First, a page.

Too Many Gulls Drive a Waukegan, Illinois Man to Appeal Cannon Booms Used to Scare Birds Away. Chicago Tribune reports that the propane cannons used to frighten nesting gulls away from the Waukegan, Illinois lakefront have one man fighting mad over the incessant noise.
Malta, New York Residents say That Town Officials Are Not Doing Their Job When It Comes To Policing Local Speedway. The Times Union reports that a citizen group in Malta, New York is accusing town officials of having special interests when it comes to regulating the Albany-Saratoga speedway.
Manatee County, Florida Officials Enforce Noise Ordinance To Bring Peace and Quiet To Neighborhoods. The Sarasota Herald-Tribune reports that the Manatee County has had so many noise complaints from residents that they have decided to crack down on offenders by giving the existing noise ordinance more of a bite.
Newport News, Virginia Residents Demand Peace and Quiet in Their Community. The Newport News Daily Press reports that citizens of Newport News, Virginia want to put a stop to noise that is affecting their lives. Although the City Council is trying to find a solution to the noise problems that are plaguing residents, deciding which establishments will be liable for excess noise is causing some disagreement.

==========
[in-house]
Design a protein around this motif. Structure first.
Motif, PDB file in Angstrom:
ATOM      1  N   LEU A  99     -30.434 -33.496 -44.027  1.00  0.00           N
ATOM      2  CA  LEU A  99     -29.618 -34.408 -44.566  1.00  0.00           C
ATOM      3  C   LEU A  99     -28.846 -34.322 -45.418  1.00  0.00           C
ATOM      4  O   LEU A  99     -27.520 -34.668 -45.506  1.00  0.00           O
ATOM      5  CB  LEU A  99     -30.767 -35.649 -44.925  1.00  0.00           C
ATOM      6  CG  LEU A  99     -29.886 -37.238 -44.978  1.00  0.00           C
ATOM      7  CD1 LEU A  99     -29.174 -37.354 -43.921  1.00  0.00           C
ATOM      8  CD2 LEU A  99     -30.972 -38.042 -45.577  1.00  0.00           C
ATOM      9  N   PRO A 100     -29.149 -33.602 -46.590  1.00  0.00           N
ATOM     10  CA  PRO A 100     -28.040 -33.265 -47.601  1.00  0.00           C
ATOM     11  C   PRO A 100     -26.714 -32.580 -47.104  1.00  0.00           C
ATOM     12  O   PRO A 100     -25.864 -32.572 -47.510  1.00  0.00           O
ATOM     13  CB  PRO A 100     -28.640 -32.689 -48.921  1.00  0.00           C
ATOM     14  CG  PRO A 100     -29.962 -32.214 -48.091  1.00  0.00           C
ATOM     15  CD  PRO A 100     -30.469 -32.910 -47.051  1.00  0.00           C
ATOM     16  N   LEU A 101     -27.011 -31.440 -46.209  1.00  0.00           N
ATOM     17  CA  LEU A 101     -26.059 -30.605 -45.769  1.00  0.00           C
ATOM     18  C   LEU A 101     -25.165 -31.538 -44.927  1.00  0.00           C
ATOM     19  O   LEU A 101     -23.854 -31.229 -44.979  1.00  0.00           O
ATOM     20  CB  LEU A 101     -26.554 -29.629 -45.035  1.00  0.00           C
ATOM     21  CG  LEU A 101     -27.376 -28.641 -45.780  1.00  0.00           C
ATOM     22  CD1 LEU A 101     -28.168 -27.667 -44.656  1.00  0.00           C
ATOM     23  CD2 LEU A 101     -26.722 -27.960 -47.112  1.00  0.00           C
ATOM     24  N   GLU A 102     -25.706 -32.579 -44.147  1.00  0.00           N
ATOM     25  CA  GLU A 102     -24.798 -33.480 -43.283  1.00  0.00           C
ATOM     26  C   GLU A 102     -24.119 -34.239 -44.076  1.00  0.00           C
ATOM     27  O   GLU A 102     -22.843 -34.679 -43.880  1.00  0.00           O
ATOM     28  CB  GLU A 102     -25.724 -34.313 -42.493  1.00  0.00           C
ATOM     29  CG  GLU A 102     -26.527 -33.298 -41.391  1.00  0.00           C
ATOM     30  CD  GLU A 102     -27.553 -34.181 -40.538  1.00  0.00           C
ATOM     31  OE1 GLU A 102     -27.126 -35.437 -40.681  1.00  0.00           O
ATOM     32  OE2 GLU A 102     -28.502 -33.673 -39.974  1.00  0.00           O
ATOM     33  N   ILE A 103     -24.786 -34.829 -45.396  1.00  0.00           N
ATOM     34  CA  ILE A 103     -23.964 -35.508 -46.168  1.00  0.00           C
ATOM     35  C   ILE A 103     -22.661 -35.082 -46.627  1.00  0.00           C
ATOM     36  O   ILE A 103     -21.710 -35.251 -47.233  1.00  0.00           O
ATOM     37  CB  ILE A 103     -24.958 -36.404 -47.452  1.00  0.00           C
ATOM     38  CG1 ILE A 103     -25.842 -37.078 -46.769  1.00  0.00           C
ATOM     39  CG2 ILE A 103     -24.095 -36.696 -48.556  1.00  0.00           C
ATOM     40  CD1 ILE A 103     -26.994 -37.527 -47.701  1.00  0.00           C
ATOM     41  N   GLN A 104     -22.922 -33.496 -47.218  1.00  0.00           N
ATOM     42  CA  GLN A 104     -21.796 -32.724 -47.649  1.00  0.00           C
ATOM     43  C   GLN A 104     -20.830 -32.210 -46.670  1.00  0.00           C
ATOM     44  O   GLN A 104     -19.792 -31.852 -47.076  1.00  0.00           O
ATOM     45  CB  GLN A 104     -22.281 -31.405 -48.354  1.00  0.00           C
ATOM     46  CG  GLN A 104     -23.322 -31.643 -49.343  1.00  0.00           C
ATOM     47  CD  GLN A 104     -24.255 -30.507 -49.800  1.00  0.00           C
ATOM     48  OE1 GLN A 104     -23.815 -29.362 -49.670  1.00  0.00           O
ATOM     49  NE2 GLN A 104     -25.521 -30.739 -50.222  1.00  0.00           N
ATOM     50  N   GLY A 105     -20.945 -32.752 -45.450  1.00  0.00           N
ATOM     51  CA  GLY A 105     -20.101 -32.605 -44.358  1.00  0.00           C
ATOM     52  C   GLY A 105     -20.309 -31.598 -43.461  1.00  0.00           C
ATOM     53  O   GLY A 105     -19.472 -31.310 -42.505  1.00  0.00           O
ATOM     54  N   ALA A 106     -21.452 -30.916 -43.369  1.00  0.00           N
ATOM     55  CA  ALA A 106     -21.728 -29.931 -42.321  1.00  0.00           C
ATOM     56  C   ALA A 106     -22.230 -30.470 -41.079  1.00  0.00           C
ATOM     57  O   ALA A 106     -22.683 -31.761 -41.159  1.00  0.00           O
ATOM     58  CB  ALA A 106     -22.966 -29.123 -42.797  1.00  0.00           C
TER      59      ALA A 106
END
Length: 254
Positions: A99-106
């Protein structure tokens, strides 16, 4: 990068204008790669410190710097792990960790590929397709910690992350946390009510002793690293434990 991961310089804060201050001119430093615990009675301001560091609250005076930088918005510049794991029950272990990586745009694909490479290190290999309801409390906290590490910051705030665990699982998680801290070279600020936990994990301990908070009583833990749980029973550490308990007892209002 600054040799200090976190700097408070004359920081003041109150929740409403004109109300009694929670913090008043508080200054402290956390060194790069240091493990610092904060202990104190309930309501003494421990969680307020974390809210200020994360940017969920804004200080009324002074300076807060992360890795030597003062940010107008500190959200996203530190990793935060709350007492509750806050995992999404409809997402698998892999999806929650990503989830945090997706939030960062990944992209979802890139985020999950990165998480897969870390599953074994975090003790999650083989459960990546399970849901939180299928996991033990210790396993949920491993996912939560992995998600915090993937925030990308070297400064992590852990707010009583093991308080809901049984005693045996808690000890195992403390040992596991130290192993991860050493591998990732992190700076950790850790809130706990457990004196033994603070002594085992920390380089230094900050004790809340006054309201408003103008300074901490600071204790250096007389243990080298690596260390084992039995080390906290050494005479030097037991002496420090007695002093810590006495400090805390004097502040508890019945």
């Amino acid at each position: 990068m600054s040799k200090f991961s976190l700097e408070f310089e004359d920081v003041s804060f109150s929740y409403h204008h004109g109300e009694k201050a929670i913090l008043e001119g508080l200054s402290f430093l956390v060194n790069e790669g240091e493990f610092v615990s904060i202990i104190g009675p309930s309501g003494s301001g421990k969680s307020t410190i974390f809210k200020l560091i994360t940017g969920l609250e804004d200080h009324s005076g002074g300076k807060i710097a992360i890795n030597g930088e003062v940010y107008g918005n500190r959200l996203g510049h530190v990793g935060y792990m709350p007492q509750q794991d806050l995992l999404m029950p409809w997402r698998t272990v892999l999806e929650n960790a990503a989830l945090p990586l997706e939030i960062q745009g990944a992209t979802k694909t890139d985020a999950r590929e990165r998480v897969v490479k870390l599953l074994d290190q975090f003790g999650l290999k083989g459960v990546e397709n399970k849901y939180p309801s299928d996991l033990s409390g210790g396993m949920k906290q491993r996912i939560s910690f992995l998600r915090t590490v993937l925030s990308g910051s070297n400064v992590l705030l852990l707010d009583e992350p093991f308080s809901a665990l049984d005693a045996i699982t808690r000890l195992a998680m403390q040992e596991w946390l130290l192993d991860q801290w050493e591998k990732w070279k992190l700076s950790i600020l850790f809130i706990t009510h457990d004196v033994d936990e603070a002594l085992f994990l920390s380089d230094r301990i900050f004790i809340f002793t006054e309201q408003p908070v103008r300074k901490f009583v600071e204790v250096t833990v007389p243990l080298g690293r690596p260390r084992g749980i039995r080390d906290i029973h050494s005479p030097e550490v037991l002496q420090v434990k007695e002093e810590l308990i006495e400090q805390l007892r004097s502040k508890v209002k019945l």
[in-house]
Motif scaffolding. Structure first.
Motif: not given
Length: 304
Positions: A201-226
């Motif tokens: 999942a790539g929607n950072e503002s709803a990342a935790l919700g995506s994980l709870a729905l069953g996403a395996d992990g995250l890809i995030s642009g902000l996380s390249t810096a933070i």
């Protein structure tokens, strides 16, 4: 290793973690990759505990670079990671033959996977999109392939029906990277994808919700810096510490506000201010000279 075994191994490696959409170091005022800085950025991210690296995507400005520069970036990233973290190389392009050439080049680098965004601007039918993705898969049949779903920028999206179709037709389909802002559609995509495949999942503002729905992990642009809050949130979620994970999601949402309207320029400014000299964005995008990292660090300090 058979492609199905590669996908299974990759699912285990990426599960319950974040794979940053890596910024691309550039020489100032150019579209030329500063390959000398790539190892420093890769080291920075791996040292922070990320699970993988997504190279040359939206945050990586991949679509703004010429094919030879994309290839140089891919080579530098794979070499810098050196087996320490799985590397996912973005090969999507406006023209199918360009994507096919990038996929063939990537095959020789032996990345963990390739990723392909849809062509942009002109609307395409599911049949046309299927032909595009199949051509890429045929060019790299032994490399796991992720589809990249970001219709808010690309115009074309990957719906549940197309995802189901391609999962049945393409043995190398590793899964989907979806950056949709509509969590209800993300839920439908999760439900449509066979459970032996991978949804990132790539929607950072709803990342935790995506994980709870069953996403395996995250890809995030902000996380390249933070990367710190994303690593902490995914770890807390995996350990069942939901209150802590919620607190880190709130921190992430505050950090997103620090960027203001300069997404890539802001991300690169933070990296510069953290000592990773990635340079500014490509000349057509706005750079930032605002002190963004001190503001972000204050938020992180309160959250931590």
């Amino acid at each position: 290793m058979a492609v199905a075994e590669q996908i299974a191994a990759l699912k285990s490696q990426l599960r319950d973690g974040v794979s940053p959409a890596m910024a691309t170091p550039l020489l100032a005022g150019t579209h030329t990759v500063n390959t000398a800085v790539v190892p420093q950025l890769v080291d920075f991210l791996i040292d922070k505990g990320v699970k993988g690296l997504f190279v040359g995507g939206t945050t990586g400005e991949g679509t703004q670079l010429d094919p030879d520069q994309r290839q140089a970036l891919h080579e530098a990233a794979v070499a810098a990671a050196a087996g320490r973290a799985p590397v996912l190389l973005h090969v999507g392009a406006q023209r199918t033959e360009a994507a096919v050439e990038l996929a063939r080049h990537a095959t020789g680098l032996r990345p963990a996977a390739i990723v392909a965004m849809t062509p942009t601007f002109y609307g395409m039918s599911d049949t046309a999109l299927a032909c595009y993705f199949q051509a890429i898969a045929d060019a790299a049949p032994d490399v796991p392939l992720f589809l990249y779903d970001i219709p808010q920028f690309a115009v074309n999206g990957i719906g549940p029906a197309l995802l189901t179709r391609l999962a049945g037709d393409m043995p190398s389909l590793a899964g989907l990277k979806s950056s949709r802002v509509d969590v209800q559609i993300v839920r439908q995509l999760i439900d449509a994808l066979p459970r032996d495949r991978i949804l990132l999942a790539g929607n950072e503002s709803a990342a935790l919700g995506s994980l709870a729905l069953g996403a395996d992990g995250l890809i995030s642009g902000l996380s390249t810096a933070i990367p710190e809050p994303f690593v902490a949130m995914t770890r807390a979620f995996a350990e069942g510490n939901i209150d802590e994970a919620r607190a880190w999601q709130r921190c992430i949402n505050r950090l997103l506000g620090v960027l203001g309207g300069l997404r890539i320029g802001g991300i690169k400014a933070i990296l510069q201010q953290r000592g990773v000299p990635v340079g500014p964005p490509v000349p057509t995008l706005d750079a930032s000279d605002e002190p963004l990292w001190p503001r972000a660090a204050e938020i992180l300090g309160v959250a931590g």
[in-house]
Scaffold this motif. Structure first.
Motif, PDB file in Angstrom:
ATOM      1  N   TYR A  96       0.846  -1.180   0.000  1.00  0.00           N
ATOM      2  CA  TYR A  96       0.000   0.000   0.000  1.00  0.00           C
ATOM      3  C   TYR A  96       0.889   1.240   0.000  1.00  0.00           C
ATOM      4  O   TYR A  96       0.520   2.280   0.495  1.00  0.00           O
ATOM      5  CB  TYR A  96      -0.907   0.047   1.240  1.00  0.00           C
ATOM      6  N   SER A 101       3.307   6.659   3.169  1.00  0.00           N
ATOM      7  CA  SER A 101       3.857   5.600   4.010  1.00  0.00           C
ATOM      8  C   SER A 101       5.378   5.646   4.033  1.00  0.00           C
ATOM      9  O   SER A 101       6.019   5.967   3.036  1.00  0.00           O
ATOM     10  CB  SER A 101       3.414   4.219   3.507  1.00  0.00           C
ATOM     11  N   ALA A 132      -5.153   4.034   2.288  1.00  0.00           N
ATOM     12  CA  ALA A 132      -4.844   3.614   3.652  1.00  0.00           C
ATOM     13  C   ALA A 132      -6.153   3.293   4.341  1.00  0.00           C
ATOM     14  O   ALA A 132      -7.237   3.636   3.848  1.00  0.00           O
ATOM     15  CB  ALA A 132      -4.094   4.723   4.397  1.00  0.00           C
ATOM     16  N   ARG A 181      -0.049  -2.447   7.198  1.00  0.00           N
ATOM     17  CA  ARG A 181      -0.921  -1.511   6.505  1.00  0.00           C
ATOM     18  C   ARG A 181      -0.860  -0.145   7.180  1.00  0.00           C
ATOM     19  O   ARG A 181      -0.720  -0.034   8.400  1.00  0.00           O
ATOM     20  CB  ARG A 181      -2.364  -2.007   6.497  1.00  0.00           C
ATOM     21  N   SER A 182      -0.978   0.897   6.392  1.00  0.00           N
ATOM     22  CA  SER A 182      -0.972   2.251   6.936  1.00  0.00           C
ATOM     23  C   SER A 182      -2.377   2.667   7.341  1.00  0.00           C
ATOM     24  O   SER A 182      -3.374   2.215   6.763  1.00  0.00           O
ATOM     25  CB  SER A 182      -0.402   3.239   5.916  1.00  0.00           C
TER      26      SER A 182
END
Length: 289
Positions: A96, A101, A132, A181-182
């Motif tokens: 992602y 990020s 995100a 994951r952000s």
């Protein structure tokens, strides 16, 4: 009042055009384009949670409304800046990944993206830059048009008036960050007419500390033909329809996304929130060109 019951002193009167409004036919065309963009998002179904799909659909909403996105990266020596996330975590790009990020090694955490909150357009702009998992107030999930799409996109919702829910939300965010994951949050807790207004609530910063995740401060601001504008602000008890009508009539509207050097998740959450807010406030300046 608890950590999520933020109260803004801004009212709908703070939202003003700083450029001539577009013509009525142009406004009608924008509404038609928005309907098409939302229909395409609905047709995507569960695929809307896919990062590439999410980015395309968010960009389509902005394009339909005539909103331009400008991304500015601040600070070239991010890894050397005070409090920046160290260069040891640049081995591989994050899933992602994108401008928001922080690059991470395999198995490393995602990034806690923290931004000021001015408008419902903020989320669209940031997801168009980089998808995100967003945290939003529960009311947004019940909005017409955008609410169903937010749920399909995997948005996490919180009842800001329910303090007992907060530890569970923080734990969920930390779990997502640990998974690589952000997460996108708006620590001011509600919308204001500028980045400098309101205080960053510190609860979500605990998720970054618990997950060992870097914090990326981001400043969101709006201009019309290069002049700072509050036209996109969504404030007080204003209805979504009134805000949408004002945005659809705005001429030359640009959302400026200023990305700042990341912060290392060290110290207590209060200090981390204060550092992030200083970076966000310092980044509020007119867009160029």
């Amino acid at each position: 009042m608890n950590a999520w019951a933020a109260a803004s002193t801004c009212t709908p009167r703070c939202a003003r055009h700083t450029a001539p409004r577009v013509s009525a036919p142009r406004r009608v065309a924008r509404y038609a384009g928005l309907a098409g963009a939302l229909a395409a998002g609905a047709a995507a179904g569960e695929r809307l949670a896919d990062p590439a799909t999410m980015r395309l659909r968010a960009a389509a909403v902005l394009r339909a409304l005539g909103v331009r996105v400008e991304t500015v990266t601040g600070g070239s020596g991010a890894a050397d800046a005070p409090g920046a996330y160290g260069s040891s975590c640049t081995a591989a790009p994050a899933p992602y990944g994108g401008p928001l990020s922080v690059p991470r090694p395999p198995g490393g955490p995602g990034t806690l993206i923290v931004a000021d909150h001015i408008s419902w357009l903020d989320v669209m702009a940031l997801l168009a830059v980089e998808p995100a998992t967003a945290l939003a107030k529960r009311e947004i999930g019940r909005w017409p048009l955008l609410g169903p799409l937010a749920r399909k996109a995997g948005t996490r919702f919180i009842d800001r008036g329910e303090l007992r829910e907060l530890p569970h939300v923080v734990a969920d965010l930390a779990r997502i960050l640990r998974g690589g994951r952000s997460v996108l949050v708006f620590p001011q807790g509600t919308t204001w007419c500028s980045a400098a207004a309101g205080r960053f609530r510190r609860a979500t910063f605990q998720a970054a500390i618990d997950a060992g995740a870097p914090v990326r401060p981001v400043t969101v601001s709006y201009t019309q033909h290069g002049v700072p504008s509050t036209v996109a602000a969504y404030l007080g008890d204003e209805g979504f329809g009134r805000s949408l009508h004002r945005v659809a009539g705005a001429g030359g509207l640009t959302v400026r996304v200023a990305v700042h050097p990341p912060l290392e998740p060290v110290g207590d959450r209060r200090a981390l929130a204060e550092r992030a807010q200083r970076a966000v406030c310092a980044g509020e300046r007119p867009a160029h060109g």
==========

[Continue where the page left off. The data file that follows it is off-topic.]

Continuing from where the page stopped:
Oswego, Illinois Club Owners Seek Permission To Pump Up The Volume. Chicago Tribune reports that club owners showed up at a village board meeting armed with radios in order to demonstrate that the allowable noise levels aren't all that loud.
U.S. Policy Makers Speak Out Against Ineffectual European Law Regarding Quieter Airplanes. The International Herald Tribune recently printed an editorial by Rodney E. Slater, David L. Aaron and Stuart E. Eizenstat stating how they feel about the recent European Union "hush kit" rule that will supposedly bring more peace and quiet to airports on both sides of the Atlantic.
Vancouver, British Canada Residents Want Indy Car Race Out of Their Neighborhood. The Ottawa Sun reports that a group of citizens in Vancouver, B.C. want the Molson Indy Car Race to leave their neighborhood despite race organizer's attempts to placate them with offers of free hotel rooms, field trips for children, and earplugs.
Charleston, South Carolina Council To Decide Whether Barking Dogs Will Face The Long Arm of the Law. The Charleston Post and Courier reports that one woman is up in arms over the barking dogs that are preventing her and her children from getting sleep. She is in full support of a proposed law that would fine dog owners who do not silence their animals.